In the aftermath of an event like the shooting in Aurora, many are glued to their televisions, trying to make sense of what has happened. I avoid the ongoing news coverage, but it is nearly impossible to avoid being over-saturated by the information surrounding such an event. Regularly scheduled news breaks on the radio, the news ticker on my e-mail account, or the chatter of social media, assure that I’ll learn more than I need to know.
Most in the Denver area were still sleeping when I heard the first reports of the massacre, but in those early morning hours, I learned all I needed to know: Innocent people were victims in a tragic shooting. I wasn’t interested in hearing the unfolding coverage, because in the immediate hours after such a happening, what is presented as news, is mostly speculation.
Without ever tuning into a news broadcast, my head got its fill of hearsay and unsubstantiated details–or what we used to call gossip. Some speculated that James Holmes was a right-wing crazy, others were convinced he was a pawn or operative in a left-wing plan to disarm America. Some suggested he had an accomplice, others said he acted alone. Some held him up as evidence of a Godless society, some blamed bullying or the failure of parents to raise their kids properly. Still others attributed the act to American economic powerlessness, because James Holmes failed to find a job after graduate school. Many placed the blame on the movie producers, and/or society’s desensitization to violence. People speculated on whether he was mentally ill, under the influence of drugs or just the product of too much video game violence. Most of those who put forth theories, were no more qualified than I to comment on his mental health or the cause of his actions,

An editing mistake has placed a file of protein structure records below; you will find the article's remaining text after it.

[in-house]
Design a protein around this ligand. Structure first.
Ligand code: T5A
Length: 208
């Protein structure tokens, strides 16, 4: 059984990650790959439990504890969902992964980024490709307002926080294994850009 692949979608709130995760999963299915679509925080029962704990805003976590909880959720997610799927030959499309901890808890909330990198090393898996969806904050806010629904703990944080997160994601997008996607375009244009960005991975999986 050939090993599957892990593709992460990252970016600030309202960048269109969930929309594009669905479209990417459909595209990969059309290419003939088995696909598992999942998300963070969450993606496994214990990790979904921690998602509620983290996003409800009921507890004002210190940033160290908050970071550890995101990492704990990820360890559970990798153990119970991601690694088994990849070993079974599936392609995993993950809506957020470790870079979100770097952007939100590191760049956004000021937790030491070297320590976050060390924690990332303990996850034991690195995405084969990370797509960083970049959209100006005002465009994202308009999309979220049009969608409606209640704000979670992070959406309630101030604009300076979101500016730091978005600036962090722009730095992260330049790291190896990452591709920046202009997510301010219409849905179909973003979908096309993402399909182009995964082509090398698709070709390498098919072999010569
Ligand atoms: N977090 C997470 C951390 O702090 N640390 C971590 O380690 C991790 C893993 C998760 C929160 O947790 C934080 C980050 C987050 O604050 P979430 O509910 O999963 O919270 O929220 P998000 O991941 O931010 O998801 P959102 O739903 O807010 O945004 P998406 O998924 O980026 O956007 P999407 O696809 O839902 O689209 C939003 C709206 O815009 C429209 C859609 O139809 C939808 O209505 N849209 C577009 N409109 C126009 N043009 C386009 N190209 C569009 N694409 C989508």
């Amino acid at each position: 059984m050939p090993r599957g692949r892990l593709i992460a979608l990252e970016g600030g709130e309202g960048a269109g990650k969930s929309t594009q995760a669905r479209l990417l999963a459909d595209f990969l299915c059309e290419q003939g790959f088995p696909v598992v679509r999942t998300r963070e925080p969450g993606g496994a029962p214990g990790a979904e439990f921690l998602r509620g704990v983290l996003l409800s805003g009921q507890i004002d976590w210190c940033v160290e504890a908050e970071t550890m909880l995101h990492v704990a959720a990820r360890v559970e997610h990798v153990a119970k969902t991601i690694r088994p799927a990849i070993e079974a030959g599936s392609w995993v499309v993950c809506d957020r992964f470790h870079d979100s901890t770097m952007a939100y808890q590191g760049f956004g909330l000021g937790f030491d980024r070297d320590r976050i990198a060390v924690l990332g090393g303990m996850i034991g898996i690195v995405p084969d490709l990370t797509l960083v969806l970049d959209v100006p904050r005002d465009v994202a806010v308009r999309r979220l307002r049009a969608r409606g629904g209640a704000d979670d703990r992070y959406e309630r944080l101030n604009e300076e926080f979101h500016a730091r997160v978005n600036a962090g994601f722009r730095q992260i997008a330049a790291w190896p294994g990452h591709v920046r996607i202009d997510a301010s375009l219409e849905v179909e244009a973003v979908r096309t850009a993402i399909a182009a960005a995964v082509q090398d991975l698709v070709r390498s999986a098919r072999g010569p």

Only one thing was clear.
When things like this happen, we seek to make sense of them–but things like this don‘t make sense. Something went chaotically wrong in a theater in Aurora, Colorado, when what should have been an escape into movie fantasy, became a frightening reality with few chances for escape. Knowing why it happened, will do nothing to make us feel better about this senseless attack. No law could have prevented it. There is nothing that can guarantee we won’t see something like this again, and nothing we learn will make this tragedy make sense.
Despite this, the media disseminates information in an effort to help answer questions as to why it happened. Anyone whose opinion might shed light on the event, is given a microphone. Reporters dig up neighbors, colleagues, classmates or whomever is available to comment on what they knew of the suspect.
What I find troubling (and ironic) is that the people who knew the suspect, usually inadvertently admit they didn’t know the suspect. Typical they say things like, “He kept to himself” “He was a loner.” “He minded his own business“. Then they express their shock at the actions of the person they didn’t really know, a person nobody really knew.
What we don’t hear are close friends talking about the many hours they’d spent with that person. I’ve yet to hear anyone talking about the memories and the laughs they shared, or how much they valued the friendship. We don’t hear those things, because often the person(s) who commit this type of senseless violence live in an isolated world of emotional turmoil.
James Holmes played team sports in high school, surely some of those teammates interacted with him. It seems likely he would have made connections to those with whom he shared an interest in video games, or the people in his academic program, yet sadly he lived his life in strange and solitary way. Maybe something in his make-up made it hard for him to make friends, or maybe something had caused him to be distrustful of others. He may have been a mad man or a sad man, but for some reason he felt no normal connection to the people who would become victims. He was disconnected from those around him, long before that disconnect in his head, caused him to do what he did.